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Thread: Solar Vs. Automatic Seiko's

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  1. #1
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    Off Topic post Solar Vs. Automatic Seiko's

    So I've been storming around the watch section in Macy's today, and I noticed a watch called the Seiko SNE109. It's solar powered instead of the automatic power that most Seiko's I've seen have. My question is, how does a solar powered watch compare to a Automatic watch besides being Quartz. (Accuracy, how long it lasts, ect.)


    (Seiko SNE109)

  2. #2
    Dive Watches Mod & MaL OnTimeGabe's Avatar
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    Re: Solar Vs. Automatic Seiko's

    A solar watch is nothing more than a regular quartz with a rechargeable battery instead of a disposable one, so it'll be much more accurate than most mechanical movements. Honestly, there's really no similarity between this movement and an automatic, but the rest of the watch should be of comparable quality to any other Seiko ISO diver. Rechargeable watches (whether solar or kinetic) still have a limited lifespan due to degradation of the battery, and how long that can be is a matter of debate. Figure on 10 years at the low end and 20 years or more at best. Generally the rechargeable cell can be replaced when it no longer holds a sufficient charge if the parts are available. I have a Pulsar PUA114 powered by a Seiko solar movement, and it's still going strong after 7-8 years.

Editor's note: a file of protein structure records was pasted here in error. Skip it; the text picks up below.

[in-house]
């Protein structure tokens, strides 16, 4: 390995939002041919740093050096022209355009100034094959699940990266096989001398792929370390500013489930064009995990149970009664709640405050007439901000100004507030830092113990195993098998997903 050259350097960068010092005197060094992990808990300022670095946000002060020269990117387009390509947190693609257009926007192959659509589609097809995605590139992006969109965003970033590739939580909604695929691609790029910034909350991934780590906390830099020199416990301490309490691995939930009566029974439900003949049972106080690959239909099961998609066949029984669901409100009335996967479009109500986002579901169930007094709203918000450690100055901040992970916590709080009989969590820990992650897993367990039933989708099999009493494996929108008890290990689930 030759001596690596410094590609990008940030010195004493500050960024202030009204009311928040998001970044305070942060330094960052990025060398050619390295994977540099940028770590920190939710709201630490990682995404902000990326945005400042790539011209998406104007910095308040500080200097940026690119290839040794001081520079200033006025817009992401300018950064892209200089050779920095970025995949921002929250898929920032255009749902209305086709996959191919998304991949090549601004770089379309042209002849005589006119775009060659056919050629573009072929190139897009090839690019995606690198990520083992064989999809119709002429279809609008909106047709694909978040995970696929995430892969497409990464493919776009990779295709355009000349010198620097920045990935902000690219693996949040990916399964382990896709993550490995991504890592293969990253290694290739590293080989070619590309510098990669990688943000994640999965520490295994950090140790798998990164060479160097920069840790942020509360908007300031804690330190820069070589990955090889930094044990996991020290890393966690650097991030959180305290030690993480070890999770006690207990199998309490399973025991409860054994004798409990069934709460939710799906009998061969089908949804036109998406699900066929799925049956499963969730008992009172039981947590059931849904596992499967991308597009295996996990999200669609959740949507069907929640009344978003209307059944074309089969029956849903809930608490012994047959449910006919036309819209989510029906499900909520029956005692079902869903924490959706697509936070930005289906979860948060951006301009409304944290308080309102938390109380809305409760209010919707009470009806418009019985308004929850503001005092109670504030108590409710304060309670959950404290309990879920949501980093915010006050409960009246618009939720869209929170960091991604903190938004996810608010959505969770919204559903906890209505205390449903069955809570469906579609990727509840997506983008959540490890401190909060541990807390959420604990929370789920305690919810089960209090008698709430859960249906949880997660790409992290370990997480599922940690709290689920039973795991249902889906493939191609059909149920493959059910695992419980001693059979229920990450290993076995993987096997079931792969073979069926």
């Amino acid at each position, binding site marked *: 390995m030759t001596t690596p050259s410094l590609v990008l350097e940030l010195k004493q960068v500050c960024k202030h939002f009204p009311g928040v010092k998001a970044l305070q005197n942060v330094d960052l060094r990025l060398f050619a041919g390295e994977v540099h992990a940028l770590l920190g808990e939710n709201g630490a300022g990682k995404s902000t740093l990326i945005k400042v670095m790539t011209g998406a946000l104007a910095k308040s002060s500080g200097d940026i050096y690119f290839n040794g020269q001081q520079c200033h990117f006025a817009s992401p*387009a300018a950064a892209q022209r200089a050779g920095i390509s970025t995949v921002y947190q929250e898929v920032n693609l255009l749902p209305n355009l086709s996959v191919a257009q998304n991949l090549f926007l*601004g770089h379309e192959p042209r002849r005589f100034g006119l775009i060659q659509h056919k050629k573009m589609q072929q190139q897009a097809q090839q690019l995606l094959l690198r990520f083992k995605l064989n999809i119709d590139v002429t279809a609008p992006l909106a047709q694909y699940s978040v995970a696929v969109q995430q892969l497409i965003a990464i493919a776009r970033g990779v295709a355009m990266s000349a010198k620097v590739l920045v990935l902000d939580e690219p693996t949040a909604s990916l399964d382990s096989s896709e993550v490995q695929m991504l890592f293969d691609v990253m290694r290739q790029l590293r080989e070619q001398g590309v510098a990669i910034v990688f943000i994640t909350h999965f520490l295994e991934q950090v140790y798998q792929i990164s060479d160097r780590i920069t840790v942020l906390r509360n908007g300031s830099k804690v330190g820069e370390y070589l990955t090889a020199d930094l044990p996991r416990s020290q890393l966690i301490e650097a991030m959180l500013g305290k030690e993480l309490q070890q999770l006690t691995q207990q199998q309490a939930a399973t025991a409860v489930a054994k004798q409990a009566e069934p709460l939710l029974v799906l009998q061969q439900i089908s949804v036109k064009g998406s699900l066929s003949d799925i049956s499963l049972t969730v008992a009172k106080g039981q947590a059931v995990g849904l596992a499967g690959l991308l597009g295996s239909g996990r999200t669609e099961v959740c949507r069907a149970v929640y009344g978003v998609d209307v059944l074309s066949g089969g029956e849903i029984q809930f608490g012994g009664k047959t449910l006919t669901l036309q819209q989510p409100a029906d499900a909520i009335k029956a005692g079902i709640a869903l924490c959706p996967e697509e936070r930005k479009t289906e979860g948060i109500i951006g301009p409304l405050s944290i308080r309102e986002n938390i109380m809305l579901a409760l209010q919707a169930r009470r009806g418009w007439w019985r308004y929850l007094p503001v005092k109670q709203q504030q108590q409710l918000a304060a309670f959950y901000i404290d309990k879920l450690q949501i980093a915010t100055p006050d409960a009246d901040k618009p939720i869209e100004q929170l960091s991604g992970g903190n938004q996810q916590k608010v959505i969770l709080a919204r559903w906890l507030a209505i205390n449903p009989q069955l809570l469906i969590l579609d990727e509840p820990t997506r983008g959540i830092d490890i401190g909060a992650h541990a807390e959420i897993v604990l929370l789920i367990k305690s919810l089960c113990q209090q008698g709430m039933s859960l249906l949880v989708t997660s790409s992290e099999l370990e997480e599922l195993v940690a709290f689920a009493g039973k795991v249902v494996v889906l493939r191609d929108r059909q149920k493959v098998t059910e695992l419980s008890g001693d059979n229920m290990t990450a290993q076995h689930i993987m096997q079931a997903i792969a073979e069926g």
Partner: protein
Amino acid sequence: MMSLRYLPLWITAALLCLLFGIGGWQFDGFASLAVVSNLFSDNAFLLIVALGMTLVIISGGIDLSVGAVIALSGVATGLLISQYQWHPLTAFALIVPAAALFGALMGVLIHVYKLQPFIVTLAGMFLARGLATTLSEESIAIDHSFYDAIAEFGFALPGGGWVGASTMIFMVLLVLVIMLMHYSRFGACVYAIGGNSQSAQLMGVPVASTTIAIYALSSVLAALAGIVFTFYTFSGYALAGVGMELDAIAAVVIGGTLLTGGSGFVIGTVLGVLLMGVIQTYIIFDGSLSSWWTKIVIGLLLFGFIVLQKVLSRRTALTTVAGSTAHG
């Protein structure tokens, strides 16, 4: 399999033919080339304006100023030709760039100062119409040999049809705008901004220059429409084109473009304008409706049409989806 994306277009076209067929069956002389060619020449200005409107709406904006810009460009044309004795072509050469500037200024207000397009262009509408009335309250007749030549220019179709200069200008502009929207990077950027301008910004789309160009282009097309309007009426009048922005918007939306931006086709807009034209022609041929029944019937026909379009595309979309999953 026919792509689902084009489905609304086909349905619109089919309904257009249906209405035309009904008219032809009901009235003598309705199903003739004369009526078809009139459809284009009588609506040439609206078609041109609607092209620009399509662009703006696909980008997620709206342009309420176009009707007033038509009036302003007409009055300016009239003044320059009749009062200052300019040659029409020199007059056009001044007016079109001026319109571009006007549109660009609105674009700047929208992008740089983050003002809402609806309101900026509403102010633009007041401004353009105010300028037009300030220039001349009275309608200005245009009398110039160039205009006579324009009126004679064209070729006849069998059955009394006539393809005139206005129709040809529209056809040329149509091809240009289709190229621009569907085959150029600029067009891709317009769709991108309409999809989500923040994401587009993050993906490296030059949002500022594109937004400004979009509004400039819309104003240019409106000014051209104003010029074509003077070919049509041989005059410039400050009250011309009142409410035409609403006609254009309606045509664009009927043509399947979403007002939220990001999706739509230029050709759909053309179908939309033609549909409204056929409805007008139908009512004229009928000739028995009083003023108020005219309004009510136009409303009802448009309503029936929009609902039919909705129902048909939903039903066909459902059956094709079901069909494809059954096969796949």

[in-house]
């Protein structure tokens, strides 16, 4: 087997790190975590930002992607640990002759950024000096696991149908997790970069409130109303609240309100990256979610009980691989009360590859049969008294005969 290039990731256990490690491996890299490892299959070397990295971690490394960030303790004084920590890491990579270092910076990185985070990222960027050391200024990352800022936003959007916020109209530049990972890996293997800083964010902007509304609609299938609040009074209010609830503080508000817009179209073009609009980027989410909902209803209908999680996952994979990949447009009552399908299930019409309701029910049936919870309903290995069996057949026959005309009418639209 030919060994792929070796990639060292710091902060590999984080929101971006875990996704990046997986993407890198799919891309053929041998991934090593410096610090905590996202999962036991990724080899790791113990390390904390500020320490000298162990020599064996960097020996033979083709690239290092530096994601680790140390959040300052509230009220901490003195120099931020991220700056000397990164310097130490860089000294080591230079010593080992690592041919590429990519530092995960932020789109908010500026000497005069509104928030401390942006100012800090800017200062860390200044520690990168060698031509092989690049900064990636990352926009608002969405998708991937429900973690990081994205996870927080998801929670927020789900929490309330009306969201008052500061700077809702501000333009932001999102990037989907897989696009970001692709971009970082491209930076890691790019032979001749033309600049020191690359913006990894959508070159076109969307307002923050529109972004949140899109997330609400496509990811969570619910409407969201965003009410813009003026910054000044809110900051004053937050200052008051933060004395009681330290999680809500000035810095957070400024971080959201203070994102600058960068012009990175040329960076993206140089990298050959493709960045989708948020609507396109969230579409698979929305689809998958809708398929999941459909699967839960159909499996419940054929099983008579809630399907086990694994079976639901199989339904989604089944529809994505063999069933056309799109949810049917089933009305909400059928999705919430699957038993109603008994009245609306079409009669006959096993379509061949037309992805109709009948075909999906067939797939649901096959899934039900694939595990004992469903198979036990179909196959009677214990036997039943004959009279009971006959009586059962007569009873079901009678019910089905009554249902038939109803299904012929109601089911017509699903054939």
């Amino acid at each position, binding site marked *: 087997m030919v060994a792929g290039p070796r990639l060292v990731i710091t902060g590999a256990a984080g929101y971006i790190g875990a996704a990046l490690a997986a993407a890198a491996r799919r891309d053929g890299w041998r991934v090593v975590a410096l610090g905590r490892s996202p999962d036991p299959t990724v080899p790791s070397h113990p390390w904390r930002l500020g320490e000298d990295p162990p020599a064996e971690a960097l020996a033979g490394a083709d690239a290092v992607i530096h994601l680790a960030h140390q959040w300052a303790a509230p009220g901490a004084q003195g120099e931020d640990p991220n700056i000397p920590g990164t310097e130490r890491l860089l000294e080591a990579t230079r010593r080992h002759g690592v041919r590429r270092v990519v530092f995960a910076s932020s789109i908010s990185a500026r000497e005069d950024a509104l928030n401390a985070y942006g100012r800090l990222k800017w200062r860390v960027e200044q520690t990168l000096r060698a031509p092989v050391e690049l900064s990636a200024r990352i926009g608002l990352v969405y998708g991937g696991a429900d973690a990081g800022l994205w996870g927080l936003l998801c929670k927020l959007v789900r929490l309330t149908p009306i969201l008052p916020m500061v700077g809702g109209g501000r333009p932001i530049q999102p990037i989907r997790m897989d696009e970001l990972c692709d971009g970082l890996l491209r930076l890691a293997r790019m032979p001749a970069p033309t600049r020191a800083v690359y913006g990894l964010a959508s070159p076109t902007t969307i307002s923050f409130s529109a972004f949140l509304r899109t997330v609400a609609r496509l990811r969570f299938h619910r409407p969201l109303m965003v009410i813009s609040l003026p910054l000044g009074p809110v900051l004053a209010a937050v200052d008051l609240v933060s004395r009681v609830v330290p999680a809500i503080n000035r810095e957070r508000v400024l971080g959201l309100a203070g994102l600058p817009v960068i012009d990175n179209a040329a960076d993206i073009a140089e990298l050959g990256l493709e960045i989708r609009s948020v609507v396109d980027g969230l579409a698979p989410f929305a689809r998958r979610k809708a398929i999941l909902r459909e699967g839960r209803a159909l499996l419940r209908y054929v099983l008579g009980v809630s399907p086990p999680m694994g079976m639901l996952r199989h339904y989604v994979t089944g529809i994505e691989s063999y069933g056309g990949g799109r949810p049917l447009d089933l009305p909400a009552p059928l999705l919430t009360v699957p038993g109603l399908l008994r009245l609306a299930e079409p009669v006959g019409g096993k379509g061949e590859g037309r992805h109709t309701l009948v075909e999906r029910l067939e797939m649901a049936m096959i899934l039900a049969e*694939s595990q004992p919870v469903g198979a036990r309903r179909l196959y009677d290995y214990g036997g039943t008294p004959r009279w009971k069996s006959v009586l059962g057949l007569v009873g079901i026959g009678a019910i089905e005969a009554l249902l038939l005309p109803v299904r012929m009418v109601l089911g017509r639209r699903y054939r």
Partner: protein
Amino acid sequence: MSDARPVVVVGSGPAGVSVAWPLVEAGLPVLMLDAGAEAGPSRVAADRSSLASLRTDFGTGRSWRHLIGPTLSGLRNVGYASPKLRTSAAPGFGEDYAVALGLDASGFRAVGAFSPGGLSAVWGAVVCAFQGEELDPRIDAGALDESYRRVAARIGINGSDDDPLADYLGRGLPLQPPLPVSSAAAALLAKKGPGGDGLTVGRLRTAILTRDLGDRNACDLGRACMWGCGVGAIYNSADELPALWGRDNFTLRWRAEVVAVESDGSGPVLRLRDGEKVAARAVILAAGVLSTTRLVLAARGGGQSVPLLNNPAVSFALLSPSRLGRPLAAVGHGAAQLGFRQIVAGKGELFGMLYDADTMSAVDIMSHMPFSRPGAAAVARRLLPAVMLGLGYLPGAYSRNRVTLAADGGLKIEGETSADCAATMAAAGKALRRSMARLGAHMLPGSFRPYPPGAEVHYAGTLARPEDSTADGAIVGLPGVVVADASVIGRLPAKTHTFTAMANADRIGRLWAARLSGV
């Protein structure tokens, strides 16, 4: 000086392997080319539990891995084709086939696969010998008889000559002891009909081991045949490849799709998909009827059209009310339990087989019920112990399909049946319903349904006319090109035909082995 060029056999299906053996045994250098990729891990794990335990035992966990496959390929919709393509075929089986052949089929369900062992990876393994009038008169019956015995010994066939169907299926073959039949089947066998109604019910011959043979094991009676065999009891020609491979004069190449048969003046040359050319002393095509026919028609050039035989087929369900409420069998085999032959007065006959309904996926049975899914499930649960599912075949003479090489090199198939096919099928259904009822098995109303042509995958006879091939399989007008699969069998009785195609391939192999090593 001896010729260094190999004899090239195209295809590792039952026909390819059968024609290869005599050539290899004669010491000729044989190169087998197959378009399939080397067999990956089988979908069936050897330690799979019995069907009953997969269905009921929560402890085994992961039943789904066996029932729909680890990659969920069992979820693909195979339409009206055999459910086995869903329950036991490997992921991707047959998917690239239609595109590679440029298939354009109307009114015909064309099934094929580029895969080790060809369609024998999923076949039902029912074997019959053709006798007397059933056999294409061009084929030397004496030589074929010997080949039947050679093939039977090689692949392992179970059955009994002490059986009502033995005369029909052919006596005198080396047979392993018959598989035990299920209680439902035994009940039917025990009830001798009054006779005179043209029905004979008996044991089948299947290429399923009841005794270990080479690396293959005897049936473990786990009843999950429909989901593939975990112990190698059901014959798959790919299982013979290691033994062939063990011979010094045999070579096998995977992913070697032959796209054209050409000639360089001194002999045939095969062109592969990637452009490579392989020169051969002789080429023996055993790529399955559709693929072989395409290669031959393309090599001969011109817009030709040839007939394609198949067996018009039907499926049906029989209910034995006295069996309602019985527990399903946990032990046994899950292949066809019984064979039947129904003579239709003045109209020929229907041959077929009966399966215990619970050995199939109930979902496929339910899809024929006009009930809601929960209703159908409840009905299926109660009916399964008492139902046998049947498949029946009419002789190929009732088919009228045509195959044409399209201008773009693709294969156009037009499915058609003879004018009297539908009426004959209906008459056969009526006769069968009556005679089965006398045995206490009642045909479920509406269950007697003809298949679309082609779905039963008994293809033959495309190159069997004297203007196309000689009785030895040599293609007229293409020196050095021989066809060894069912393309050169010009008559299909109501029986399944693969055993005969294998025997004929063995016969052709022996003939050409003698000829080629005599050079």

Last edited by OnTimeGabe; July 1st, 2011 at 02:39.
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    Regards,

    Gabe

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    Re: Solar Vs. Automatic Seiko's

    "Rechargeable watches (whether solar or kinetic) still have a limited lifespan due to degradation of the battery, and how long that can be is a matter of debate. Figure on 10 years at the low end and 20 years or more at best."

    Did you mean "Rechargeable batteries" ? I think I read this formulation more than once and it might diminish the fact that theses watches might not need service for 10-20 years. Feel free to correct me.. Congrats on the nice Pulsar.

  4. #4